This month marked the official launch of Seine Technology’s Pantum brand of laser printers worldwide.  Though almost year and half after their initial launch in China, this was for all intents and purposes, Pantum’s coming out party that included a big stand at CeBIT, press releases, presentations, interviews, and though speculative, a few steins of Germany’s best brews (ah, CeBIT!).

Headlining the party were a couple of tidbits that particularly caught my attention.  First, the company says it shipped 100,000 units in China during its first year (2011), placing it at about 5-percent of the mono laser printer market in China.  That’s not bad for a brand new printer line, much less a brand new company.  Secondly, Seine’s Pantum brand officially launched in Europe, its fourth geographic region after China, Australia and Israel.  Next on its checklist: South America, Southeast Asia, Africa, and of course, the U.S.

I think it’s safe to say that given the level of Chinese nationalism at play, Pantum expected to do well in its homeland.  Garnering nearly 5% share of the world’s second largest laser printer market in the first year is certainly admirable, but it’s not a landslide.  It’s similar to Mit Romney barely winning Michigan, except Mit’s been around the block a couple times, and let’s face it, capturing just 5-percent of China’s mono laser printer market isn’t exactly winning.  I could count on both hands and both feet the number of laser printer vendors vying to grab significant market share from HP, only to land in the single digit share range and winning away customers not from HP but mostly other “alternative” brands.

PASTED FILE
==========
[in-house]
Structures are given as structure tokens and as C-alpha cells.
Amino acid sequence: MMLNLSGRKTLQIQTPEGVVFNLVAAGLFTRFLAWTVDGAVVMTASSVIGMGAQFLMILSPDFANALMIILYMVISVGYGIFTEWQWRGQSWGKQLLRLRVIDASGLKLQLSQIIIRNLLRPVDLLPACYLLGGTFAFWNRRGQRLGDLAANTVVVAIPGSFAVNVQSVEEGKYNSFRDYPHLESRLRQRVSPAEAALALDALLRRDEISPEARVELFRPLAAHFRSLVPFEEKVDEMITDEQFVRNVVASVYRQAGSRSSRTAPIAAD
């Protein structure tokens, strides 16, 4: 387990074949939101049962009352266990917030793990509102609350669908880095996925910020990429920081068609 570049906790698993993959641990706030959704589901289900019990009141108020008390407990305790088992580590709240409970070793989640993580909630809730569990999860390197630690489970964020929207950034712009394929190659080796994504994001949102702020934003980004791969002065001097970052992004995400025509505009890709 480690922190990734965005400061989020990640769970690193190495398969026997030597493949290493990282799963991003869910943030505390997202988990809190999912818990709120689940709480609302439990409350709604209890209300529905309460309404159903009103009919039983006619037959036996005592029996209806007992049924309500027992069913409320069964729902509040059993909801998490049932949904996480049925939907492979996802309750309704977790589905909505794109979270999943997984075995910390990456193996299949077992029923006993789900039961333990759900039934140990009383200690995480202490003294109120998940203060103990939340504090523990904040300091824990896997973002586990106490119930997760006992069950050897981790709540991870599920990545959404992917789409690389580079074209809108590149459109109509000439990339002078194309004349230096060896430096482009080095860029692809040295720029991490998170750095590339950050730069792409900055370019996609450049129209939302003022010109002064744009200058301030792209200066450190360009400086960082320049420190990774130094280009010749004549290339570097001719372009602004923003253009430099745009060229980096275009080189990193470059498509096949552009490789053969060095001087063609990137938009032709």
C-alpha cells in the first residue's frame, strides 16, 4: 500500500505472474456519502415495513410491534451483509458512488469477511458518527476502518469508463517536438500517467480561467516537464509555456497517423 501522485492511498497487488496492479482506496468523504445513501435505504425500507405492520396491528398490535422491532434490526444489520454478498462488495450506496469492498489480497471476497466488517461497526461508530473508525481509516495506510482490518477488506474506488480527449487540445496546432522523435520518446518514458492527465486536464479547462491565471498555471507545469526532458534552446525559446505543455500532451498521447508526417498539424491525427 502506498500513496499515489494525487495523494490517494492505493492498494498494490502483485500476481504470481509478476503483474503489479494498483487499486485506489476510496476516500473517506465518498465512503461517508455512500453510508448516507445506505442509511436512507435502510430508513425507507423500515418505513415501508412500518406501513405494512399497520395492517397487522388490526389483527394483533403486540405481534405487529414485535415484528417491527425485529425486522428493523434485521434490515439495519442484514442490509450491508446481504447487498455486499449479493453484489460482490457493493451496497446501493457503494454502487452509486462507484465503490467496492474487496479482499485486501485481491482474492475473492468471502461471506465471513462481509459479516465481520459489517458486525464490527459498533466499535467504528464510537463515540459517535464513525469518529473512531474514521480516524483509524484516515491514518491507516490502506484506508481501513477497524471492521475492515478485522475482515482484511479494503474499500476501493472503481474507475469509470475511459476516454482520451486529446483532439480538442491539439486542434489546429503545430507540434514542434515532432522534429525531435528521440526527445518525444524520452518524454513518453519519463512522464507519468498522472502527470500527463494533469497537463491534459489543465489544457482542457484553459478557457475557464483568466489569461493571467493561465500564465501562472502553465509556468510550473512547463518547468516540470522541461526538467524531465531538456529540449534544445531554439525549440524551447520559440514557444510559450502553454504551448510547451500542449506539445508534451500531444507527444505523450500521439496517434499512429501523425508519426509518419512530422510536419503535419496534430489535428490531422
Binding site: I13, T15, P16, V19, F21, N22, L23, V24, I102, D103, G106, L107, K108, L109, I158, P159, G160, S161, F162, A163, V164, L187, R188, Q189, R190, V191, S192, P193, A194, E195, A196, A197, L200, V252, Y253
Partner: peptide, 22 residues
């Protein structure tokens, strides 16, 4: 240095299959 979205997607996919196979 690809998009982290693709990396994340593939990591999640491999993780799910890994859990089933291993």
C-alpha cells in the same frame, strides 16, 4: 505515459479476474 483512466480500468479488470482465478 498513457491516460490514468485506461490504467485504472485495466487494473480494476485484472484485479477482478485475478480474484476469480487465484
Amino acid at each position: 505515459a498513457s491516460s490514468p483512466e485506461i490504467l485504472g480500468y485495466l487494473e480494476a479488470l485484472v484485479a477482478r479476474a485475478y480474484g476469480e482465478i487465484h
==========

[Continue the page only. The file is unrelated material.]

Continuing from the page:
The real question – one worth exponentially more than $64,000 – is whether Pantum can win in Europe and ultimately in the U.S.  In stark contrast with China, Europe isn’t exactly what you’d call a homogeneous region.  It is exactly the opposite with many different cultures, races, countries, languages, customs, and of course, buying habits.  Choosing to start in Northern Europe, where it opened its first distribution center in Holland earlier this year, is a shrewd decision given the chaos in the financial sectors of Southern Europe.  But winning there will be extremely difficult – much more so than the first 5 percent won in China.

Pantum’s New P3000D

And if Seine finds the European market difficult, just wait until it hits the U.S. – the homes of both HP and Lexmark and not to mention a constant battleground between players such as Samsung and Brother.  Like Mit Romney stumping for votes in the South, the U.S. is an “away game” for Seine’s Pantum brand.  U.S. buyers are all too familiar with printer brands based in Asia; but printers and MFPs whose manufacturing and IP are 100% sourced in China – that might be a different story.